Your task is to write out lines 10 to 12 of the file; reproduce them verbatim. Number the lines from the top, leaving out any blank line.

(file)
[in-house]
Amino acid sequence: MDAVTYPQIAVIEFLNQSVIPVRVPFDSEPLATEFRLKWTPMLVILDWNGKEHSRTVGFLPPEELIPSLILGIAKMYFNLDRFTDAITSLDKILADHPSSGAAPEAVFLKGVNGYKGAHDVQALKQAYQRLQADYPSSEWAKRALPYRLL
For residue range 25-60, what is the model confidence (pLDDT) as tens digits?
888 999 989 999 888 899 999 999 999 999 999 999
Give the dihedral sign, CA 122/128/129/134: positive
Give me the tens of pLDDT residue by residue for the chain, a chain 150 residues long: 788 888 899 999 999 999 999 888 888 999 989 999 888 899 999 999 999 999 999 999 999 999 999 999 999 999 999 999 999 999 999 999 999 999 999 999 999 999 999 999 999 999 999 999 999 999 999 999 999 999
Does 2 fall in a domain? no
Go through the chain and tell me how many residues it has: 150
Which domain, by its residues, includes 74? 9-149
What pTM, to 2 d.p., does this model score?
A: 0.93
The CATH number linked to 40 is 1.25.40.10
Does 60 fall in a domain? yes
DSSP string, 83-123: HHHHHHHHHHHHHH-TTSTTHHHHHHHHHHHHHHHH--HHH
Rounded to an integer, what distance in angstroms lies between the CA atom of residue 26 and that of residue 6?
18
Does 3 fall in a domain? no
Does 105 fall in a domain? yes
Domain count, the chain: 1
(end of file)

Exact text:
What pTM, to 2 d.p., does this model score?
A: 0.93
The CATH number linked to 40 is 1.25.40.10